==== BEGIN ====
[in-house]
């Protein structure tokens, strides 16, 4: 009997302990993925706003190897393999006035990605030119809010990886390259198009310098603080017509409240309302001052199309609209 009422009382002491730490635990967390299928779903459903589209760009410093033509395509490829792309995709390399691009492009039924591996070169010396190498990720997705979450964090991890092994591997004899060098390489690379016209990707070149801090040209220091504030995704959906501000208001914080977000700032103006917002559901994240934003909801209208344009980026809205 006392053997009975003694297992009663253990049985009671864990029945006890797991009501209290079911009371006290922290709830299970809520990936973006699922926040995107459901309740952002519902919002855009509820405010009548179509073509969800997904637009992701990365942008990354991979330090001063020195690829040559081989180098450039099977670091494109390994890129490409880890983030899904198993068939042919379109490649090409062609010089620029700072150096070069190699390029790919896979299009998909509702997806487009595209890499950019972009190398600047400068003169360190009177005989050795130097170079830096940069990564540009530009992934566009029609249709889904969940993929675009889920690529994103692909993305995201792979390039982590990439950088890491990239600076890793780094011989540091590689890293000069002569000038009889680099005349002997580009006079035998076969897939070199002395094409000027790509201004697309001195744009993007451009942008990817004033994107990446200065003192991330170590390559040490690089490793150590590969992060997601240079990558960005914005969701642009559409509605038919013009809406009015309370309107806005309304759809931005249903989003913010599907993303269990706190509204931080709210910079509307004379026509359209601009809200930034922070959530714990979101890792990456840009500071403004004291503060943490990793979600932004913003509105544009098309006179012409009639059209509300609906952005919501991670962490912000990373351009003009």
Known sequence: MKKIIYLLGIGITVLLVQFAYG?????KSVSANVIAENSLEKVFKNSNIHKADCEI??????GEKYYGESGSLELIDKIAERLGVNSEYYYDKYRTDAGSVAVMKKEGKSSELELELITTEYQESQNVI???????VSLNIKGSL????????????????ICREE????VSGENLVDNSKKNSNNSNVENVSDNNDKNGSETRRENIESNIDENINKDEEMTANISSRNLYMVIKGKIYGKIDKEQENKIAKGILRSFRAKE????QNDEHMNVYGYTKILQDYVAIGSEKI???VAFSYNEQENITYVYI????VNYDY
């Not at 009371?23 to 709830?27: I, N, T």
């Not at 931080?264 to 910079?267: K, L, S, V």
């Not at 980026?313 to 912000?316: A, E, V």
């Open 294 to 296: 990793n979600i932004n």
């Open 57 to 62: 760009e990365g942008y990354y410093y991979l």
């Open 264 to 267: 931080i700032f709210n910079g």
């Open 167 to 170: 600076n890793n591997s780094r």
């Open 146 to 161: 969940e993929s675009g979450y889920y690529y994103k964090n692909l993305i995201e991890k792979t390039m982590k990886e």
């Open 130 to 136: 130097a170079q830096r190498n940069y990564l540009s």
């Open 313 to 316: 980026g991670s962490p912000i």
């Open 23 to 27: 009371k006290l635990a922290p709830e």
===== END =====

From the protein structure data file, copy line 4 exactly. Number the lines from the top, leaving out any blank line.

């Not at 009371?23 to 709830?27: I, N, T």